Author Topic: No__71____Chord Inversions  (Read 289 times)

Hugh Wallington

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Re: No_71__Chord Inversions
« Reply #15 on: September 27, 2016, 05:07:18 PM »
In the posting on the previous page, Peter says: "If you select Auto Bass Chord, then Fingered Chord, it will always play the Home Bass note.  For any inversion of the C Chord this will be, of course, C".

In the MP3 below, I have chosen Fingered Chord from Auto Bass Chord and played inversions of the C chord on the Lower, running right through to top C.  The STYLE I have chosen is Gentle Waltz, MAIN A (from BALLROOM).  The 'Bass Note' in this Style is just a single note, the 'Root' of the chord you are playing.  Wherever, and no matter what inversion I play, the AR looks at the notes I am playing and says, "Ah, this is a C chord" and plays the same 'default' pattern for the C chord (with C as the Bass Note, and it shows C in VOICE DISPLAY).

Then second time round I have added a Voice (Orchestral Strings) to the Lower and played the inversions as before.  This time you can hear the inversions of the C Chord I am playing, not from the Style, but from the 'added' Voice on the Lower.

Finally, I have played the first DEMO again (ie. no Strings added), but this time I have selected CUSTOM A.B.C. from Auto Bass Chord instead of Fingered Chord.  Custom A.B.C. works like this.  To get any Bass, you have to play a note on the Pedals.  It plays the same Bass 'Pattern' as Fingered Chord, but picks out the Bass note from the actual note you are playing on the Pedals.  So at the start of the third DEMO I have played a C on the Pedals (so it sounds the same as before); but then for the next bar I have played an E on the Pedals, so this is what is picked up .. an E Bass Note with the C Chord.  This is Peter's C/E as might be designated on the music (play a C chord with an E bass note).  To illustrate this further, I have played the C Chord with Bass Notes of C, B, A and G; and then an F Chord with Bass Notes of F, E, D and C .. and back to C again.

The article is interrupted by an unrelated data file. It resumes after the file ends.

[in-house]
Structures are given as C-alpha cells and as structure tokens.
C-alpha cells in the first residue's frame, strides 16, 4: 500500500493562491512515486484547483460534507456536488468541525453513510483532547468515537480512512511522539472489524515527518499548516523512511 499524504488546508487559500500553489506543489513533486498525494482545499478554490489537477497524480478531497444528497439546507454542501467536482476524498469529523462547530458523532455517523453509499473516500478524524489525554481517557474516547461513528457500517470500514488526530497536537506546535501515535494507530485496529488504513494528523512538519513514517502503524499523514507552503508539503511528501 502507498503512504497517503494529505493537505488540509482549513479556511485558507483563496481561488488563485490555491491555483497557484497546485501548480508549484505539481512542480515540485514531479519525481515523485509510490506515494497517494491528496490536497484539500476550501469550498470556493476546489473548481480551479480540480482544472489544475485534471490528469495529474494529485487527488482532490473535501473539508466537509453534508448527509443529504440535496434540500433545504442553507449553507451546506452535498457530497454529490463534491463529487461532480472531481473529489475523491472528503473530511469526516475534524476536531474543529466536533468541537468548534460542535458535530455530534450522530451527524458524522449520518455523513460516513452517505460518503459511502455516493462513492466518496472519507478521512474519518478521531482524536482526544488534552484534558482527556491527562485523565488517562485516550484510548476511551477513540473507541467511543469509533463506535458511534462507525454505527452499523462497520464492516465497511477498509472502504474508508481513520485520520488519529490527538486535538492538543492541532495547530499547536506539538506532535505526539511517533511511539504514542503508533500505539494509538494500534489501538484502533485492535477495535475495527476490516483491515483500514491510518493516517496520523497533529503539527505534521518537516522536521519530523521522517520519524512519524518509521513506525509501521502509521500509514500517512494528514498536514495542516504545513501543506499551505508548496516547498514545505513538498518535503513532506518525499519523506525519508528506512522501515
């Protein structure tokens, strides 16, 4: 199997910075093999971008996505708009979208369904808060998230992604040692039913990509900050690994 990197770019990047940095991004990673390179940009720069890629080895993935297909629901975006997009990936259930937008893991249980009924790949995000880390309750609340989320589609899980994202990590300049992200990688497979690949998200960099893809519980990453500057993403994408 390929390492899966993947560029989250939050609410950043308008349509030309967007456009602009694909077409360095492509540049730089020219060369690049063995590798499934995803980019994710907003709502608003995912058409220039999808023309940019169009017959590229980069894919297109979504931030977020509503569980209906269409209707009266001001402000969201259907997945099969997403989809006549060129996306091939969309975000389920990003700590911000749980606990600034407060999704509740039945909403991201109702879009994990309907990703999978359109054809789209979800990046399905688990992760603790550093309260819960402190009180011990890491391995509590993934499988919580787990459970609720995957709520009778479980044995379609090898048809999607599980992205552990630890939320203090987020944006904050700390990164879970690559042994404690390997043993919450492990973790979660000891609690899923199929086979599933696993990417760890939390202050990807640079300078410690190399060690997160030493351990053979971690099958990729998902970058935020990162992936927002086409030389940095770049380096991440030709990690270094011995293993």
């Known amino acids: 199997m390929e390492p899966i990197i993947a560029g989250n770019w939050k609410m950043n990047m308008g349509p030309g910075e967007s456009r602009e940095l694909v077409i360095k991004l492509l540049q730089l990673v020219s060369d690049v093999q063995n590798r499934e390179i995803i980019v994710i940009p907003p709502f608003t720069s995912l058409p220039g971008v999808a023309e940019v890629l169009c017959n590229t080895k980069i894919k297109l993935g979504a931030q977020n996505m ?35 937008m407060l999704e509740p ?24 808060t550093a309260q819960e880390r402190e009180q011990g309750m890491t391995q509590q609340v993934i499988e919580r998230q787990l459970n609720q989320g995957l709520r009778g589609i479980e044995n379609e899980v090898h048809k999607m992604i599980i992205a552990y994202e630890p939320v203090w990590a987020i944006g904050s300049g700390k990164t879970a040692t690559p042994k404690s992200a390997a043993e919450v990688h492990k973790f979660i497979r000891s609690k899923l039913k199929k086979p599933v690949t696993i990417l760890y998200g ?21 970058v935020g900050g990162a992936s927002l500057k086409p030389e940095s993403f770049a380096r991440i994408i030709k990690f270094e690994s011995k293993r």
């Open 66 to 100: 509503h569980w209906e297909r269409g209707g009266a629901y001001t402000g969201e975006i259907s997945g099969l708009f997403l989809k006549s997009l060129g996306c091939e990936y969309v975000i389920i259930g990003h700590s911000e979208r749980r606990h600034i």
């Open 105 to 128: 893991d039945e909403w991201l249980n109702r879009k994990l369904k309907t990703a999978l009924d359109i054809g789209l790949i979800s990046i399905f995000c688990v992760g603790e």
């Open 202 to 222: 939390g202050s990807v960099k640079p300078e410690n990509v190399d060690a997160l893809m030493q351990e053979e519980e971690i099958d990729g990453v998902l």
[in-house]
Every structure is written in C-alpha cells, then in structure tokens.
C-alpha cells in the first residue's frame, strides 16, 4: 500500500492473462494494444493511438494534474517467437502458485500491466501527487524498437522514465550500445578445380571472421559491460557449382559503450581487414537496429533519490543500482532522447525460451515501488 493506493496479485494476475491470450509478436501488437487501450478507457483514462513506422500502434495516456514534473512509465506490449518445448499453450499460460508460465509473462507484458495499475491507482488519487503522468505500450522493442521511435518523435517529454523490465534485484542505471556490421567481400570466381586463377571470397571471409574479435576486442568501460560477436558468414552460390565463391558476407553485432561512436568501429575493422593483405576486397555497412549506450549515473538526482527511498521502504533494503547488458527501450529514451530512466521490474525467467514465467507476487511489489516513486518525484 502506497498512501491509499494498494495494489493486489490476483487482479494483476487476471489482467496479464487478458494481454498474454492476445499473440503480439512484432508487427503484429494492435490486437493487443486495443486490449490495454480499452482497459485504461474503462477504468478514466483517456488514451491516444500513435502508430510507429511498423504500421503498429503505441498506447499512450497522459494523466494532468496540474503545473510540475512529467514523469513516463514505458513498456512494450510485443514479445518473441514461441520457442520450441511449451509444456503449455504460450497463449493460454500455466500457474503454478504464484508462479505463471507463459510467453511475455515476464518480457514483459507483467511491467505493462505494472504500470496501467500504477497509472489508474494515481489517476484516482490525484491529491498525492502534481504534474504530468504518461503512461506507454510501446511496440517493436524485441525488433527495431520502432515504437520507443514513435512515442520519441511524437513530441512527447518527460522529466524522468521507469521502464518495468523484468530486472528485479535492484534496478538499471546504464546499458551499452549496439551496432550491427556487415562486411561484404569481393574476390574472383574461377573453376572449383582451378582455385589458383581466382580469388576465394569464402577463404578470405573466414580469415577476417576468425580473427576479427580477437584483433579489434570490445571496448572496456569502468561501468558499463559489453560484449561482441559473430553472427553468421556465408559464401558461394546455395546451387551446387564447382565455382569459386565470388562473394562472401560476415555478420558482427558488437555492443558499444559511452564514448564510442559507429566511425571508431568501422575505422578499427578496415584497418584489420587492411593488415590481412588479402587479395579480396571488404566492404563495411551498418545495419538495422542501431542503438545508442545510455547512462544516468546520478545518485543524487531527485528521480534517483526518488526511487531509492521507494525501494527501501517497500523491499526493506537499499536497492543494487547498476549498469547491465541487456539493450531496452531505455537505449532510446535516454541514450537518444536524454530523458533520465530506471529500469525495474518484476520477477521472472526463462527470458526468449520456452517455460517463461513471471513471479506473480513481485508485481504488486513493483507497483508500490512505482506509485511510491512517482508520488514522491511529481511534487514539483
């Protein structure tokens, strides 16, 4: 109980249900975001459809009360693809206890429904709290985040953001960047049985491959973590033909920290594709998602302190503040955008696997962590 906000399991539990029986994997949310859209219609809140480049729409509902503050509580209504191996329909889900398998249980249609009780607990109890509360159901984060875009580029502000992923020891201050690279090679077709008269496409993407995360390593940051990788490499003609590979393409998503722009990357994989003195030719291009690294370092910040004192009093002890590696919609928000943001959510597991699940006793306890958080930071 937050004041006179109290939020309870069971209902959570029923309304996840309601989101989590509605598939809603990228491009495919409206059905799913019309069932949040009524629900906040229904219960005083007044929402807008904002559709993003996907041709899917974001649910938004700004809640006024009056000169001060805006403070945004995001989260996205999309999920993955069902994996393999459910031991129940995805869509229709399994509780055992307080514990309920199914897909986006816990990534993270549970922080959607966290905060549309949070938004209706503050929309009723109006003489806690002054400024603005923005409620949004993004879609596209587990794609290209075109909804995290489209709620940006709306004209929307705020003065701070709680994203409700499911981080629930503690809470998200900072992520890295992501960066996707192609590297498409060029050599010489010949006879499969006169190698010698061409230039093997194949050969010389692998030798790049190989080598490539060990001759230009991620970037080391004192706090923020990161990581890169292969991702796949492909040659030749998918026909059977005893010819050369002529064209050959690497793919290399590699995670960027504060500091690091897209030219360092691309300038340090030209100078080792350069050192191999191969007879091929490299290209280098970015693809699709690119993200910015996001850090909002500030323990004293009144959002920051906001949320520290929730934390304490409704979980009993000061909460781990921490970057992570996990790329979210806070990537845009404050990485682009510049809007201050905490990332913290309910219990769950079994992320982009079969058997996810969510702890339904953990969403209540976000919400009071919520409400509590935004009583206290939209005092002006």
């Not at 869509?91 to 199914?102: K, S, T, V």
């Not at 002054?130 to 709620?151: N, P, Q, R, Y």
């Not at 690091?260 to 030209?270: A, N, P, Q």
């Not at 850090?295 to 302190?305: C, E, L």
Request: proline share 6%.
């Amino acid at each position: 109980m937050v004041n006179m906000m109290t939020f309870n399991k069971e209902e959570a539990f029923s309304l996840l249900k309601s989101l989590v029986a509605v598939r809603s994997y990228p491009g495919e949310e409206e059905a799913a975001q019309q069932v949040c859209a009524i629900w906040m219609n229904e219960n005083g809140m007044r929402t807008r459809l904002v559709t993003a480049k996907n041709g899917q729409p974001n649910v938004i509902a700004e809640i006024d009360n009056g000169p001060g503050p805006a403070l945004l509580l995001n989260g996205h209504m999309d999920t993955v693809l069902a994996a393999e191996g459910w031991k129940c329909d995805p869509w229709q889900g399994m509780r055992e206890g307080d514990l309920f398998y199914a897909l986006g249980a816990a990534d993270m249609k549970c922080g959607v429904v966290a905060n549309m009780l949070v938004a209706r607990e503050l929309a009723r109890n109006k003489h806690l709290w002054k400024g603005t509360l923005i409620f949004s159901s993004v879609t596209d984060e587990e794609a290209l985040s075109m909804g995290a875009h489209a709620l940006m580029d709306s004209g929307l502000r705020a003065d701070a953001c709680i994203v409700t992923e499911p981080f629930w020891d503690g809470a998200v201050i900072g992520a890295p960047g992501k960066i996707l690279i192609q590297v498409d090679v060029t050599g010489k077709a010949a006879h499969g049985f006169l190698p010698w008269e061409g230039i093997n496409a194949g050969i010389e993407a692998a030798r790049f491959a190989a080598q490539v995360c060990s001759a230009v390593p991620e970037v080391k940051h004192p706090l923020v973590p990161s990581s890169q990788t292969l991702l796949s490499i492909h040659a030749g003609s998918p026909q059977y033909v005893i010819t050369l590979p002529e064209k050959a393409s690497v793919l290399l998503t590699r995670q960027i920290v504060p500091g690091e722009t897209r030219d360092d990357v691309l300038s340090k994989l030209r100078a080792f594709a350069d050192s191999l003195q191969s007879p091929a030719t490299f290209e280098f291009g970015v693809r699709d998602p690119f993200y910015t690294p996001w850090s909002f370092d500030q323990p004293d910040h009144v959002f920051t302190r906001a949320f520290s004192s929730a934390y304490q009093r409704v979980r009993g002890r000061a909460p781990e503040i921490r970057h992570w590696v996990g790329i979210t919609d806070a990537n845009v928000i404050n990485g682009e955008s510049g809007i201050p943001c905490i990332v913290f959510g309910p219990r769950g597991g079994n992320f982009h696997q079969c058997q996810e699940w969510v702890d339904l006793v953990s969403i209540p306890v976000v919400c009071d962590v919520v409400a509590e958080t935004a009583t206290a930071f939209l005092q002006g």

So what I have illustrated here is 'Yes, you can play other bass notes with your chord so long as you use Custom A.B.C. and not Fingered Chord'.

Click the LINK below to hear the DEMO as MP3:

Chord Inversion DEMO as MP3

Hugh
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Peter Anderson

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Re: No__71____Chord Inversions
« Reply #16 on: December 12, 2017, 12:24:36 PM »
This SUMMARY was added to the post (see the first Reply) after all the other Replies were added, but I repeat it here for practical reasons.


SUMMARY OF CHORD INVERSIONS

      Under Inversion,

            Perfect intervals remain Perfect

            Major intervals become Minor intervals     and     vice versa

            Augmented intervals become Diminished intervals    and    vice versa

            Double Augmented intervals become Double Diminished intervals    and    vice versa

            Fourths become Fifths     and    vice versa.


So, for example, a perfect fourth when inverted, becomes a perfect fifth

an augmented fourth becomes a diminished fifth, etc.


Here are a pair of Summary Charts:







A Chord's Inversion describes the relationship of its bass to the other tones in the chord.

        For example a C Major triad consists of     C,  E  and  G,      and     its inversion determines which of these tones is the bottom note in the chord.

So this term Inversion is mostly used to refer to the different possibilities of where we position the individual notes that make up that chord.

Peter